Peter Thiel’s controversial data analytics firm Palantir has secured a £1 million contract extension for its work on NHS England’s Covid-19 data store, NS Tech can reveal.
Palantir’s initial contract to provide engineering services for the data store, which assesses and predicts demand on the health service, was worth £1 and came to an end on 11 June. But NHS England confirmed on Wednesday (15 July) that the contract, which did not go to competitive tender, has been extended for four months.
As part of the new deal, Palantir has been asked to “package up the work they’ve been doing so the service can go out to tender in an open procurement process”, NHS England said. The value of the extension was not disclosed in the announcement, but an NHS England spokesperson later confirmed to NS Tech that the deal is worth £1 million.
Cori Crider, co-founder of tech justice organisation Foxglove, told NS Tech: “This is exactly why Foxglove fought to have the first secret contract between Palantir and the NHS published.” Crider said the company had a history of increasing prices and described its “support for the military, police, and US border forces” as “troubling”.
She added: “There’s no democratic mandate for letting massive tech companies like this bed down for the long haul with our NHS. The public deserve far more transparency and debate before these data deals are made.”
As NS Tech revealed in April, around 45 Palantir engineers worked on bringing together various data sources, including pseudonymised, anonymised and aggregated patient data, to support the project.
Meanwhile, Faculty – an AI company that worked for Dominic Cummings on the Vote Leave campaign – provides the data modelling services used by ministers and NHS officials to manage demand on the health service at both a local and national level. The Guardian reported on Sunday that a company owned by Cummings had paid Faculty £260,000 over the course of two years. The reason for the payments is unknown.
Palantir was paid just £1 for its initial work on the data store, prompting speculation at the time that it may expect to win a much larger deal in the future. A GlobalData analyst had told NS Tech that when the project went to competitive tender, it could be worth several million pounds; Palantir has recently inked a coronavirus-related deal with the US Department of Health and Human Services for $17.3m.
NHS England only published the initial contracts covering the terms of its agreements with the companies supporting the project after Foxglove and openDemocracy threatened to take it to court. Amazon and Microsoft also provide cloud computing services underpinning the project. While Google had initially been enlisted to provide support too, it has since been dropped, according to the Telegraph.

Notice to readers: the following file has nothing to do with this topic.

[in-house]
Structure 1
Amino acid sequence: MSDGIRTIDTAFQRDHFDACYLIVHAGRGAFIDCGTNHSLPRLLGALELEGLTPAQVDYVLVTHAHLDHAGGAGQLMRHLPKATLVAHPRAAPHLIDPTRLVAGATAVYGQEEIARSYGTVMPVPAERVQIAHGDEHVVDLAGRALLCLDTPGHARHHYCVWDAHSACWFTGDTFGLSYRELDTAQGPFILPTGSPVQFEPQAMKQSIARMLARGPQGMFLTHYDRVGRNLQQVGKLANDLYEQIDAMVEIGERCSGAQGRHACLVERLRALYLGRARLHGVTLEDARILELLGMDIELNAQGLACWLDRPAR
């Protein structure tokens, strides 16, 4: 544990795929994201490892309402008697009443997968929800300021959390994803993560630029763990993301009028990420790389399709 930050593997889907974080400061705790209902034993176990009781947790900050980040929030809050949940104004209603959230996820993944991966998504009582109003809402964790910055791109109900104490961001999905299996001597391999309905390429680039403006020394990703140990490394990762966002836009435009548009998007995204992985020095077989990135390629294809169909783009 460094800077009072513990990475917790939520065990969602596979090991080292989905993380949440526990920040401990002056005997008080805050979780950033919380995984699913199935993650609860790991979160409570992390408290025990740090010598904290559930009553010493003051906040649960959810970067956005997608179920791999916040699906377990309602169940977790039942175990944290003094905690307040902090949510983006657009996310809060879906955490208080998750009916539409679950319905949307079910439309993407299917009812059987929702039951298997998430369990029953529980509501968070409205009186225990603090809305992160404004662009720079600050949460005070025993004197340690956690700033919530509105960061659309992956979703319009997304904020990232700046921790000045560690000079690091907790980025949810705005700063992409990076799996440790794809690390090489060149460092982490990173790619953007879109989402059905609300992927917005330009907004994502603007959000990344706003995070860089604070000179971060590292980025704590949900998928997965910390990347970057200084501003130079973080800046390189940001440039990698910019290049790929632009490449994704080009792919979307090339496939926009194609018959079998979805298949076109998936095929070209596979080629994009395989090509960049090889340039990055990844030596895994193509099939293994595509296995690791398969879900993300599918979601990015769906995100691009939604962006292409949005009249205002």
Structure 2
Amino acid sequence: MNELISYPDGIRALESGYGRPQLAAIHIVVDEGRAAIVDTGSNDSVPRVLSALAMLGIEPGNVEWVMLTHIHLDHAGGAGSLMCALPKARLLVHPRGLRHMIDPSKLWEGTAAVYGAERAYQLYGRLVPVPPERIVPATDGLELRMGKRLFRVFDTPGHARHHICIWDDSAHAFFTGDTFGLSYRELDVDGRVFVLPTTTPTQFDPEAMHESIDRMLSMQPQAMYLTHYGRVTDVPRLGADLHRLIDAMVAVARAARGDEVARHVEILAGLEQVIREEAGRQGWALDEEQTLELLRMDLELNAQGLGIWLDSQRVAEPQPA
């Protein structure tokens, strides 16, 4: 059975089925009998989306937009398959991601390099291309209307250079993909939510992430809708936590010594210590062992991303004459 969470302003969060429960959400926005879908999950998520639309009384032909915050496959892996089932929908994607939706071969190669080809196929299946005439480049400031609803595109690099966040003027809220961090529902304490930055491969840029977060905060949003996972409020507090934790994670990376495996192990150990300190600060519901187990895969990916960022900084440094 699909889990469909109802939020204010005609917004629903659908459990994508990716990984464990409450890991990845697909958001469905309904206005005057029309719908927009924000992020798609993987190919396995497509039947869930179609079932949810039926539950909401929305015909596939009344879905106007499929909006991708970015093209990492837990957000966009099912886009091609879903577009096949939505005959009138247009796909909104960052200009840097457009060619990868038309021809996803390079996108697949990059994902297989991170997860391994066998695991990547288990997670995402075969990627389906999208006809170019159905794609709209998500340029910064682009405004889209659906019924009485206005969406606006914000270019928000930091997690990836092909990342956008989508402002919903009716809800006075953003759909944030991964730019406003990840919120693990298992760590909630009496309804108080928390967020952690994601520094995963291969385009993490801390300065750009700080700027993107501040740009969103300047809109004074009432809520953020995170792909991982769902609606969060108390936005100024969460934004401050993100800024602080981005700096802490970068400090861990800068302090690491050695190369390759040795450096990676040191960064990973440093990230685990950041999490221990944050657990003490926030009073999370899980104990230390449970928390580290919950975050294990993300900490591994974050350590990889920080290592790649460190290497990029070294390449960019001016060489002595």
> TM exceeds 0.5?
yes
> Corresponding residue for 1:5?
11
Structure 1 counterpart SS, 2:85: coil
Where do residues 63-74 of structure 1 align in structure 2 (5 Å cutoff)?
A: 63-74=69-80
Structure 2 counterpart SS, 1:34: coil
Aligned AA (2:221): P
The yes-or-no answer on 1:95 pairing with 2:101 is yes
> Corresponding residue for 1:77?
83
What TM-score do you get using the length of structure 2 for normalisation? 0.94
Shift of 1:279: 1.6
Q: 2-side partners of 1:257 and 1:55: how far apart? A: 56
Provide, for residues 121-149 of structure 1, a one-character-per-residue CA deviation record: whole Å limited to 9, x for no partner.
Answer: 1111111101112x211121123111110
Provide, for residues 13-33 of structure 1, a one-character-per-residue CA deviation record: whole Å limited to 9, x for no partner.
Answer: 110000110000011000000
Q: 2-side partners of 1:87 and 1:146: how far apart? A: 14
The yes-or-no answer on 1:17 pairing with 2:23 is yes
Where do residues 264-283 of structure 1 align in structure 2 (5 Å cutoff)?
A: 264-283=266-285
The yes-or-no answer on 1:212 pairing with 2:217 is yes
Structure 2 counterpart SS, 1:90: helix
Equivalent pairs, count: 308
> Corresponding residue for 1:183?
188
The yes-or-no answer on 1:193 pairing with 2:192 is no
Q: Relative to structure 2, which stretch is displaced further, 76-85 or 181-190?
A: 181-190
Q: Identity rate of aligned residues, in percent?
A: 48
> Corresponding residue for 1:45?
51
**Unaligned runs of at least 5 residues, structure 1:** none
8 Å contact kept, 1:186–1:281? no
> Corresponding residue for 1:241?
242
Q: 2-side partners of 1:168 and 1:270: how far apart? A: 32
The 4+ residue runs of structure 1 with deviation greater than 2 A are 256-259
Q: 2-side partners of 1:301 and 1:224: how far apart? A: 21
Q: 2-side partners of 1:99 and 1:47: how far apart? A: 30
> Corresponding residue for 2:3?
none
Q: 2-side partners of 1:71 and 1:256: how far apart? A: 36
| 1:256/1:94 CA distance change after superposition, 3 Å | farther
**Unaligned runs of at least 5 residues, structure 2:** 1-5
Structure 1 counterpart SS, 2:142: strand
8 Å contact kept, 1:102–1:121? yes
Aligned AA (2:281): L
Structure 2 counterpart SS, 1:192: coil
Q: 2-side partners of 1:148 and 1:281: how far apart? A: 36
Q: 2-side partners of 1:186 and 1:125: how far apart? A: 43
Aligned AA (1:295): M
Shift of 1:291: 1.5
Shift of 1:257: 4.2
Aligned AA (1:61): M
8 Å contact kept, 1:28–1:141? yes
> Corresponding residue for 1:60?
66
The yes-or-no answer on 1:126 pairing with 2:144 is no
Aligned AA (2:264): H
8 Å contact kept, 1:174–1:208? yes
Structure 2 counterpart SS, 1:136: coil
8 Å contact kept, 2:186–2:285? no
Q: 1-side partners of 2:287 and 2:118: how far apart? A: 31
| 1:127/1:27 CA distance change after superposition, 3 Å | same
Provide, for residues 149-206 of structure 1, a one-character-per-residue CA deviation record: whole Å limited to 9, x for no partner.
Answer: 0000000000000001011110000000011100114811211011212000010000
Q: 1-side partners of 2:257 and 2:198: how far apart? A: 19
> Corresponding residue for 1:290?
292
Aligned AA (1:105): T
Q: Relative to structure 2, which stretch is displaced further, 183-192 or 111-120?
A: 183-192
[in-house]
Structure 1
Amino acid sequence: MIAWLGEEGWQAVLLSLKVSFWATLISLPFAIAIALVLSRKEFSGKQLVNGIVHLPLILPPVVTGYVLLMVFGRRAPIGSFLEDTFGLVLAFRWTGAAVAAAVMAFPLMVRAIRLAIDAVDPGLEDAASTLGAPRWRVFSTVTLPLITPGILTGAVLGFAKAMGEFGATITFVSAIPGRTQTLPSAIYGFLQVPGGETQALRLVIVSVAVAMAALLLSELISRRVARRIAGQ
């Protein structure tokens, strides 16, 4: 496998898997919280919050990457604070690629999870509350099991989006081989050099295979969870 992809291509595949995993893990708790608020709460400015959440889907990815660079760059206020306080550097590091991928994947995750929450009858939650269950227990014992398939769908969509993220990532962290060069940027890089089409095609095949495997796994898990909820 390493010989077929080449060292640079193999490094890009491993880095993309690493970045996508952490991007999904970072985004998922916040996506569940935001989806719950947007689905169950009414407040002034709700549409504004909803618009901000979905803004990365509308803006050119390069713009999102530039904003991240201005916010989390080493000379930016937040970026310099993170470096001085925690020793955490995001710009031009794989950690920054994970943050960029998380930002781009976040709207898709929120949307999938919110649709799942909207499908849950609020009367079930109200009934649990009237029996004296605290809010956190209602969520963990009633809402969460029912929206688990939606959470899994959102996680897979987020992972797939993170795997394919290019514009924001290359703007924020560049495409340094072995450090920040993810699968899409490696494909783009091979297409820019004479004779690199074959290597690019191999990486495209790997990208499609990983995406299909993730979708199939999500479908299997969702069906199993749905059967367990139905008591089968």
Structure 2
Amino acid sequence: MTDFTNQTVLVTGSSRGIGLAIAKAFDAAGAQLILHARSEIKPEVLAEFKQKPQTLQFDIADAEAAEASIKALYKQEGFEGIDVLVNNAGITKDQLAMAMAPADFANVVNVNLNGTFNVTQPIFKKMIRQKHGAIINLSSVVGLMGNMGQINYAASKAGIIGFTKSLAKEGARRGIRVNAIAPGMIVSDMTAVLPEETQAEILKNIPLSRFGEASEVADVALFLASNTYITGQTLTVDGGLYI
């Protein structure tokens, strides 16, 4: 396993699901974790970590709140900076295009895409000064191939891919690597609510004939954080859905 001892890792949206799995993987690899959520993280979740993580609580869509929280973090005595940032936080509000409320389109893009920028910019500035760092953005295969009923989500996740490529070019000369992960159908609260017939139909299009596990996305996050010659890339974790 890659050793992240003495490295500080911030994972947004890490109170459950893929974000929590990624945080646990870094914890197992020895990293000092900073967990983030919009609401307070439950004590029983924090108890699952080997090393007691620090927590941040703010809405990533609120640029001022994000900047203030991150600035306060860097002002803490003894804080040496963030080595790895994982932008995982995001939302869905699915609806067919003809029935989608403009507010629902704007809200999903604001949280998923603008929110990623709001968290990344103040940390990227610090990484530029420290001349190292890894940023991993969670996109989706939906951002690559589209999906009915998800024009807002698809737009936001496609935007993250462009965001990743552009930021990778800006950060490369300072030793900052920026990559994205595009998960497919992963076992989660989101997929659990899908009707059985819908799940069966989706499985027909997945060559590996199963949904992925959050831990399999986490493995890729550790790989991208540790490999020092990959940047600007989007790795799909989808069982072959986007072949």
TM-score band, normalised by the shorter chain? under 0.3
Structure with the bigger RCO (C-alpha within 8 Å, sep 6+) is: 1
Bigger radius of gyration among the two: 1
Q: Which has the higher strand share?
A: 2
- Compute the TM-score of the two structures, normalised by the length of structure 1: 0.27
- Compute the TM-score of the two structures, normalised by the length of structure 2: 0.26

In the announcement on Wednesday, NHS England said that Palantir’s contract extension had been awarded using the government’s GCloud framework and that any intellectual property generated during the project would be retained by the health service. The government has previously said that all of the data will be returned to the NHS once the project has been wound down at the end of the crisis.
While the data store was initially used at a national level to provide NHS officials and ministers with data on bed capacity, ventilator usage and oxygen supply in different parts of the country, it is now also being used by local NHS managers to predict the potential impact of a surge in coronavirus cases on their organisation’s ability to provide routine care.
Indra Joshi, director of AI at NHSX, said in a statement: “As we continue to deal with the greatest public health emergency in a century, the NHS continues to rise to the challenge, and by using this leading technology, we will help support frontline staff in their ongoing mission to save as many lives as they can. This tool helps services plan the bringing back on of services for other patients safely, while flexing capacity locally for covid care.”
Palantir was founded by Peter Thiel, a venture capitalist and entrepreneur, in 2003. It has since won a number of controversial contracts in the US covering predictive policing, battlefield software and migrant surveillance.
The company has also secured more than £39m of deals with the UK government, but before the coronavirus crisis, it had not won any work with the NHS.
Earlier this month, the firm, which is headquartered in Silicon Valley, filed to go public, reportedly for around $20bn.